We are approaching the month of October and Domestic Violence Awareness month. Domestic violence and other forms of violence against women, men, and children are on the rise. Physical, emotional psychological, sexual and spiritual violence, the specific type doesn’t matter. Nearly half of all women and men in the United States will experience psychological aggression by an intimate partner in their lifetime. Twenty people per minute will experience physical violence by an intimate partner in the United States adding up to more than 10 million in a year. When guns are involved in domestic violence situations the risk of homicide increases by 500%. (The Office of Justice Programs and the National Coalition Against Domestic Violence) Disheartening statistics to say the least. Most everyday news outlets throughout the nation report on domestic violence cases, some involving the workplace putting even more people at risk. When will it end?
Perhaps you know of a domestic abuse survivor and have thought abuse could or would never happen to you. Think again. Domestic abuse and violence have no boundaries, touches every walk of life, socioeconomic class, and ethnic or racial demographic. The people we work with day in and day out may be living within an abusive situation and their co-workers have not the slightest clue. The people sitting in the church pew next to us, in front or behind, or even those in the pulpit may be experiencing their own personal chaotic hell, and we are none the wiser. Too often when the abuse is found out the victim(s) are treated differently by others, questions and judgments are whispered, “why didn’t she/he leave?” “He/she must like it or he/she would have left”. Until we have walked a mile, as the saying goes.
Lately, stories about priests, nuns, church leaders, teachers, athletes, and businessmen and women abusing others physically, sexually, and emotionally are commonplace. There are public service announcements from big-name sources encouraging those in domestic violence situations to reach out, tell someone, stop the violence. But how many do? The big question is if the ones in violent situations reach out would they be believed and protected? Some will and some won’t, and the next story broadcast may well be of murder at the hands of their abuser.
The recent stories involving high-power athletes, trainers, and businessmen are disconcerting. Lawyers come to the defense of the accused, but who is defending the accusers? On the surface, it appears the accused are more readily believed than the accusers, sometimes requiring multiple accusers coming forward before the allegations are taken seriously, in essence, victimizing the abused twice. Why, as a society, are we more likely to be suspect of the accusers and not the accused? It takes a tremendous amount of courage to come forward as a victim. Fear is the constant companion of the abused, and overcoming the fear to reach out, to ask for help and protection is not easy and often proves more dangerous than staying silent. Those in the spotlight likely have more resources for protection once coming forward than does the average person, but even money does not always provide enough protection from their abusers.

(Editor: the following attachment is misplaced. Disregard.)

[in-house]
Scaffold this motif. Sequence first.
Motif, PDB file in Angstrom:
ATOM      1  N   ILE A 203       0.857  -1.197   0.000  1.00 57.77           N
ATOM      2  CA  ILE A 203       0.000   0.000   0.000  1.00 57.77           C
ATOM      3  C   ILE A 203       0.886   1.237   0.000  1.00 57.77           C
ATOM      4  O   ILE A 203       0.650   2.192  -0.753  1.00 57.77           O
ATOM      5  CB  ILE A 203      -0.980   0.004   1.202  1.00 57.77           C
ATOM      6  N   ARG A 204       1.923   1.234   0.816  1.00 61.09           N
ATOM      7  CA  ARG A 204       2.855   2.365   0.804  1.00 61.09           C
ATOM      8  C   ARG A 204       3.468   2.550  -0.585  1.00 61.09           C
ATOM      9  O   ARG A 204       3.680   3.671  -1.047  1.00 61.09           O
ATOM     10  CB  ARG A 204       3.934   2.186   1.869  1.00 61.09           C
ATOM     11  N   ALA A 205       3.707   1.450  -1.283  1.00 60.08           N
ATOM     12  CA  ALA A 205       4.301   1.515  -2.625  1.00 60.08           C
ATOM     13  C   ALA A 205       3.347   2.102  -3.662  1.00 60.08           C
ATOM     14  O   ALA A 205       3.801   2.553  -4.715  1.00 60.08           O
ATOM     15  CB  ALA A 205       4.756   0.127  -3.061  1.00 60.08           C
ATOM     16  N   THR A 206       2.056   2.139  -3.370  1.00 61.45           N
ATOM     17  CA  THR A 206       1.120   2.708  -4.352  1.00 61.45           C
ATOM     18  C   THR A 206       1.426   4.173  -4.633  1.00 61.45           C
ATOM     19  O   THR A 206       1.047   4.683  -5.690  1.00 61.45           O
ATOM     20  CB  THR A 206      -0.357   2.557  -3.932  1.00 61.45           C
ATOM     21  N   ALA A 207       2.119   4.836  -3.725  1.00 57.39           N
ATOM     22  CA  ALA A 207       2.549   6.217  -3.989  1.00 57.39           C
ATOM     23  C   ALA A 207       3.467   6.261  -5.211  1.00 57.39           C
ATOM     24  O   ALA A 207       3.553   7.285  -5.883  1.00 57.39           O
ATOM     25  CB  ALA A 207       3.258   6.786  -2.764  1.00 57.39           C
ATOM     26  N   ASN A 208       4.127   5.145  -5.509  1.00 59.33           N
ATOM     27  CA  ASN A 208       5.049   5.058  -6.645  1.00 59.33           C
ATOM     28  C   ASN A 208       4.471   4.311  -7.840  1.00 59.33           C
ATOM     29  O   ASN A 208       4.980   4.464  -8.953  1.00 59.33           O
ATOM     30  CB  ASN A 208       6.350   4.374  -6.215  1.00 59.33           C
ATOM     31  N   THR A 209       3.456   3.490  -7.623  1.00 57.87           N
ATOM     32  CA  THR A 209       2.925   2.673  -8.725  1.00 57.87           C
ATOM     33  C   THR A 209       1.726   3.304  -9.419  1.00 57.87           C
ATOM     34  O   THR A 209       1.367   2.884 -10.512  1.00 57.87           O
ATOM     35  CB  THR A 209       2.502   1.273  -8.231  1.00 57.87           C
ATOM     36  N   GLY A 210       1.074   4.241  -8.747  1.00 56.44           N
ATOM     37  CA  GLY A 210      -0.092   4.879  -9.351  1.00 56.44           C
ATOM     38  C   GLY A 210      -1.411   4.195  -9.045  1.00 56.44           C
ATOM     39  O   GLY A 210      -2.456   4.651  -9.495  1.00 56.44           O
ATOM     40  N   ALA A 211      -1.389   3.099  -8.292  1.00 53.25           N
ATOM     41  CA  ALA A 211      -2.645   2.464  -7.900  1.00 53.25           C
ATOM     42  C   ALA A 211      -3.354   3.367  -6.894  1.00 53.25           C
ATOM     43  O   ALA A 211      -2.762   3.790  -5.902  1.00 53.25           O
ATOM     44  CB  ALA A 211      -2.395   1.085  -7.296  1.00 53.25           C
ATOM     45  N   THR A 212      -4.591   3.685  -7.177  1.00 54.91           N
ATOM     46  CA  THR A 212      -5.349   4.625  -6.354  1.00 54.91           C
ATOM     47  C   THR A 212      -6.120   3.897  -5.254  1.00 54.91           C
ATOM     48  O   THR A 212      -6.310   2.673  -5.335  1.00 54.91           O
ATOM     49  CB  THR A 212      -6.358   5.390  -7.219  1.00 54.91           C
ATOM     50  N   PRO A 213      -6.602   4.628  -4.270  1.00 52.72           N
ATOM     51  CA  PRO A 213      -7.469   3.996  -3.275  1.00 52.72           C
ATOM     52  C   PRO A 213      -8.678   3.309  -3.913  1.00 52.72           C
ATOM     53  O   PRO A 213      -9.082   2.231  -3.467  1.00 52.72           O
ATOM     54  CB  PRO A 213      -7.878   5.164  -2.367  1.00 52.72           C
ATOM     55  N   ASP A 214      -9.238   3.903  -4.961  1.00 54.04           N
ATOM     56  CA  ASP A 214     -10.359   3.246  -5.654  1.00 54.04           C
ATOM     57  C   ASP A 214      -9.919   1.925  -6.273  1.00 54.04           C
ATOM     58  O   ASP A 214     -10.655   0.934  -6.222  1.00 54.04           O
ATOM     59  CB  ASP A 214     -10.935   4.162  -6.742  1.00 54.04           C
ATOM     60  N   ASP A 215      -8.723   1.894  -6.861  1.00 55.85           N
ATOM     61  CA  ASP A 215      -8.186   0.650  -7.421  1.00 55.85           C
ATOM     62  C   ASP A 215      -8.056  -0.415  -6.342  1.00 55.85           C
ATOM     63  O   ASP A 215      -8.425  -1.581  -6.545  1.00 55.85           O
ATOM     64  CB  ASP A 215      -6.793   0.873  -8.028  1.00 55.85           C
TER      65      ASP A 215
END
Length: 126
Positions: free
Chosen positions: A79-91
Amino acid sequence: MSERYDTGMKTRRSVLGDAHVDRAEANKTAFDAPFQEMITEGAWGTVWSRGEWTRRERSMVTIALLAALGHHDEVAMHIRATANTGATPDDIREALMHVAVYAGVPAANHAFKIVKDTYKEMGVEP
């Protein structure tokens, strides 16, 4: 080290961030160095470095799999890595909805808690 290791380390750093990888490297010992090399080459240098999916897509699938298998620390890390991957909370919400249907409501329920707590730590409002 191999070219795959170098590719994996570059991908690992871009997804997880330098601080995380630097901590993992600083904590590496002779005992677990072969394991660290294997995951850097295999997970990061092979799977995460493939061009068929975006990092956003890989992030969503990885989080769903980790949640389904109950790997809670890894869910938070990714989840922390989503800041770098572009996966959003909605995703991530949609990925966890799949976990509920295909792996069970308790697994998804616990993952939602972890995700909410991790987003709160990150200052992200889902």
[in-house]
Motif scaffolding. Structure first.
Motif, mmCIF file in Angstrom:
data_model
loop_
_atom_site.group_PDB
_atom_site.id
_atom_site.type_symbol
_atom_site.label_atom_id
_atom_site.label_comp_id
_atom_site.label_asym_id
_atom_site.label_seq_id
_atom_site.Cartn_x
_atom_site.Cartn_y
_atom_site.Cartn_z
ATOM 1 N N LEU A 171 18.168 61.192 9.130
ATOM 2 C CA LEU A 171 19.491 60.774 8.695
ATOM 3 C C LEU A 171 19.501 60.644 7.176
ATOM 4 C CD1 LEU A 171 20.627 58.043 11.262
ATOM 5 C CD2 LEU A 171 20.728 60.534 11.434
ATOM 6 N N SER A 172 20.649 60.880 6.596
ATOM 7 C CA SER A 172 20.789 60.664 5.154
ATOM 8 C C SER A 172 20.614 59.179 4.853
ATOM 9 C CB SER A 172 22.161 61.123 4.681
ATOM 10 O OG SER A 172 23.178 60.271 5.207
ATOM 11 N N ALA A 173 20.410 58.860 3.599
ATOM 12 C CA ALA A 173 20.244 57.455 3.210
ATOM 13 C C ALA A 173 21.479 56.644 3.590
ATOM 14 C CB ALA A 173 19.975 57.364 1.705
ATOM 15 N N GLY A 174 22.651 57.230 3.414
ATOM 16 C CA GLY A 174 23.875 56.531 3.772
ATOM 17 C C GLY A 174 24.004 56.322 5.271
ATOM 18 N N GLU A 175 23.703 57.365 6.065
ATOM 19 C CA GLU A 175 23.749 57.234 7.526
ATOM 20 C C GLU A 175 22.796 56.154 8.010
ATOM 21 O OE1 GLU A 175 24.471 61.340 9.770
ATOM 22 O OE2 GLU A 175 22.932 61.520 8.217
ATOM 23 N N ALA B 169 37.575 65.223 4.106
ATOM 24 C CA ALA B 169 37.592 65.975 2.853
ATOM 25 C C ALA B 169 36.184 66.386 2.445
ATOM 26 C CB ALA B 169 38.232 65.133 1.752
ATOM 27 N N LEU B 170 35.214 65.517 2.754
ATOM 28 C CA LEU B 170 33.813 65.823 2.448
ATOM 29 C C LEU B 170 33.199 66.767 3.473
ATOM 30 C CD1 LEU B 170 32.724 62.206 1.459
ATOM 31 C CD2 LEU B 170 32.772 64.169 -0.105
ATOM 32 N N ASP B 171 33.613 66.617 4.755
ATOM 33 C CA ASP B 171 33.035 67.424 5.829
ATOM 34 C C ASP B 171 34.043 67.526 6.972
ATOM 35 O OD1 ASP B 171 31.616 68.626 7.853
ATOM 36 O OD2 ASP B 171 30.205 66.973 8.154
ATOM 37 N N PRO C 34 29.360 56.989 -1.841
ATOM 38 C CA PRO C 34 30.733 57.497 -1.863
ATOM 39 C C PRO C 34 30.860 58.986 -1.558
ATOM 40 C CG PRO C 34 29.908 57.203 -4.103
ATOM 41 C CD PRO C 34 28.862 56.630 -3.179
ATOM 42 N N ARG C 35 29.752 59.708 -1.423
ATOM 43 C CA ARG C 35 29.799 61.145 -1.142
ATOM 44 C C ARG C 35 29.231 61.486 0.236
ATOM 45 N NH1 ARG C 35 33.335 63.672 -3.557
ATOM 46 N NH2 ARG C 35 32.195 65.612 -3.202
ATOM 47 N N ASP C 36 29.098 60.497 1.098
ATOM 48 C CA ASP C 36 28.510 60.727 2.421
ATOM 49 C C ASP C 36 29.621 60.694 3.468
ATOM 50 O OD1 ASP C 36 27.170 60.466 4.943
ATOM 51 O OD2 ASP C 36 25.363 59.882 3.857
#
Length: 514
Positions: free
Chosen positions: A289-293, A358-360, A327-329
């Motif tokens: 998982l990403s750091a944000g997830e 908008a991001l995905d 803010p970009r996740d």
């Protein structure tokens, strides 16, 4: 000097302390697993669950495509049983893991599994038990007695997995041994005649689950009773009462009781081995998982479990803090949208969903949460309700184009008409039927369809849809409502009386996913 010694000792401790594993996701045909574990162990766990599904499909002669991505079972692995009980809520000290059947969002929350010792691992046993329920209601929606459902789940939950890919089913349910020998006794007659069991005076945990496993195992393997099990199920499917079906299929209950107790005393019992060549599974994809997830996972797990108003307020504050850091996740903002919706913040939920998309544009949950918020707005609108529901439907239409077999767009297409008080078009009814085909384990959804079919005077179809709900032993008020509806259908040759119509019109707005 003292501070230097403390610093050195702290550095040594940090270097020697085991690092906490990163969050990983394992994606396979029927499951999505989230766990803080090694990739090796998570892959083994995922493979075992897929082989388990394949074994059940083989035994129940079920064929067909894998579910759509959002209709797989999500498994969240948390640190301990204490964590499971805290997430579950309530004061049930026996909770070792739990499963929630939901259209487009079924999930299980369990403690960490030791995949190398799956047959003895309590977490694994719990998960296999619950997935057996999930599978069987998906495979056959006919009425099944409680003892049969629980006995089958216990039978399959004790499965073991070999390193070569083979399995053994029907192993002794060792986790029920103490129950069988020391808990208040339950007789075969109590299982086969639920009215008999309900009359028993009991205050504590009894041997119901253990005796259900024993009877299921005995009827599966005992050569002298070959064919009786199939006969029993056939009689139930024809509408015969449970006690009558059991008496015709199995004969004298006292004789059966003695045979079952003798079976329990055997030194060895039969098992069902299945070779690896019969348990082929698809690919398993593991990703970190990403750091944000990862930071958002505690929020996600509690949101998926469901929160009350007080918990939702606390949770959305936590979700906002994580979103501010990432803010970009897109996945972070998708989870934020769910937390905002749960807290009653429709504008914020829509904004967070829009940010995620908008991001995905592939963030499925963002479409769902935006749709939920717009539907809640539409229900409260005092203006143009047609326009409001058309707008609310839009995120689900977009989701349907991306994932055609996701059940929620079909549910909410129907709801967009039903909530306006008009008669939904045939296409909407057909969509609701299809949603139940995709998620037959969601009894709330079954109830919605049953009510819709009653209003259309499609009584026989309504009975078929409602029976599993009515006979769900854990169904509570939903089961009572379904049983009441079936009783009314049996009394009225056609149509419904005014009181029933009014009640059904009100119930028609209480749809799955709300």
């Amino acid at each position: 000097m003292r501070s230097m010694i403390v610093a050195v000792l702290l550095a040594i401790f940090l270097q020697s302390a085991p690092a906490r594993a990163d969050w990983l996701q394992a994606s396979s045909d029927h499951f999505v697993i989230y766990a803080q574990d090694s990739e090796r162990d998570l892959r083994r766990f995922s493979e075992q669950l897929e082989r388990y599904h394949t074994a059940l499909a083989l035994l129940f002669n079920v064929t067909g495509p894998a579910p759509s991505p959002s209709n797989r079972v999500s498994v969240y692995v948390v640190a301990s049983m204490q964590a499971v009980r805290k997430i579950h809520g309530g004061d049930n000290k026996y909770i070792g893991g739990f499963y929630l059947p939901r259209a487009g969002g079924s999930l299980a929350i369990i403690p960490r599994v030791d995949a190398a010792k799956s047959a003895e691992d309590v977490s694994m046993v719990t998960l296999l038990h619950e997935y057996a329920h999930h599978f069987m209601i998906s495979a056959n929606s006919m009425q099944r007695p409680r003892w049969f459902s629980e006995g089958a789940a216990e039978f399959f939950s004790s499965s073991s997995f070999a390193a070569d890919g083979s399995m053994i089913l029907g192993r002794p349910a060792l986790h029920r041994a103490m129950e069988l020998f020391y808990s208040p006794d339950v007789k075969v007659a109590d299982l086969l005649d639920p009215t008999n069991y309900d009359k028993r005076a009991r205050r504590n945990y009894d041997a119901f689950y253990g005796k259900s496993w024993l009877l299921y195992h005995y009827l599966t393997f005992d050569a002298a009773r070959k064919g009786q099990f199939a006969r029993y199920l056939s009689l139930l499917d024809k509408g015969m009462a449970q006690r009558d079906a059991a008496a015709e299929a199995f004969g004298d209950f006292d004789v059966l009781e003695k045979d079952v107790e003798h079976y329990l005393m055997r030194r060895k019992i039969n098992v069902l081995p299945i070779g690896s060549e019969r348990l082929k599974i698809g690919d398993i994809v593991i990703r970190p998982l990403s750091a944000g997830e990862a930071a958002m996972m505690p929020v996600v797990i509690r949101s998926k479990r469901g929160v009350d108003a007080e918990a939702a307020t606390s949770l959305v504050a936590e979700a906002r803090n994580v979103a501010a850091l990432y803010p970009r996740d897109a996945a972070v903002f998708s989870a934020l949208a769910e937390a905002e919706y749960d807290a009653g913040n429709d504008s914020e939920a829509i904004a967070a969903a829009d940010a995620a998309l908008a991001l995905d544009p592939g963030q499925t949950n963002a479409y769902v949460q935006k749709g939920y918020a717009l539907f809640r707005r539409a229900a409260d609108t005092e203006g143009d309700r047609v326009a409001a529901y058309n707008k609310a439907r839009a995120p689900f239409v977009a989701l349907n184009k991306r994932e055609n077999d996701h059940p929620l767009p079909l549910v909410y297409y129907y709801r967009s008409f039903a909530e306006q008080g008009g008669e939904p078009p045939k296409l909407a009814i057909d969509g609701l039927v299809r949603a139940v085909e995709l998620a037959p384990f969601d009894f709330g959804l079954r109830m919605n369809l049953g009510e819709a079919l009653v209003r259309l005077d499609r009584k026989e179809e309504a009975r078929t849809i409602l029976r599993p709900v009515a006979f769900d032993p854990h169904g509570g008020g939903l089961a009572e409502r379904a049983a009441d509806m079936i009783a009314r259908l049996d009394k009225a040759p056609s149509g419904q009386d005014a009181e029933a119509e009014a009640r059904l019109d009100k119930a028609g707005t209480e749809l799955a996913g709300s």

Light dispels darkness, the more the subject of domestic violence is discussed, the closer we come to ending it. It is an icky subject, but worthy of discussion in the schools, church, the workplace, and at the local, state and national levels. Bringing the subject out into the open takes power away from the abusers as violence occurs apart from the light. Will it ever truly end? Not anytime soon, but one less victim, one less death at the hands of an abuser is a victory for all victims and survivors of domestic violence. If we suspect someone may be in a potentially dangerous domestic violent situation, speak up and ask if they are safe, offer a code word for them to text or call should they need a police presence. The abused often feel very alone and many have been isolated from family and friends. Knowing there is someone willing to make a phone call to the police on their behalf helps the abused to feel less alone when violence rears its ugly head.
As long as the subject of domestic violence remains in the shadows abusers will have the upper hand, will maintain control, and for the most part, domestic violence is about controlling others. We need to take the power away from abusers, dispel the darkness, and live in the light until the violence ends…..
(If you are in an abusive situation, please know you are not alone, there are likely resources and shelters in your community to provide protection and help with leaving. If you suspect or know someone in an abusive situation, educate yourself on the resources available in your community and let that someone know what you are willing to do to help.)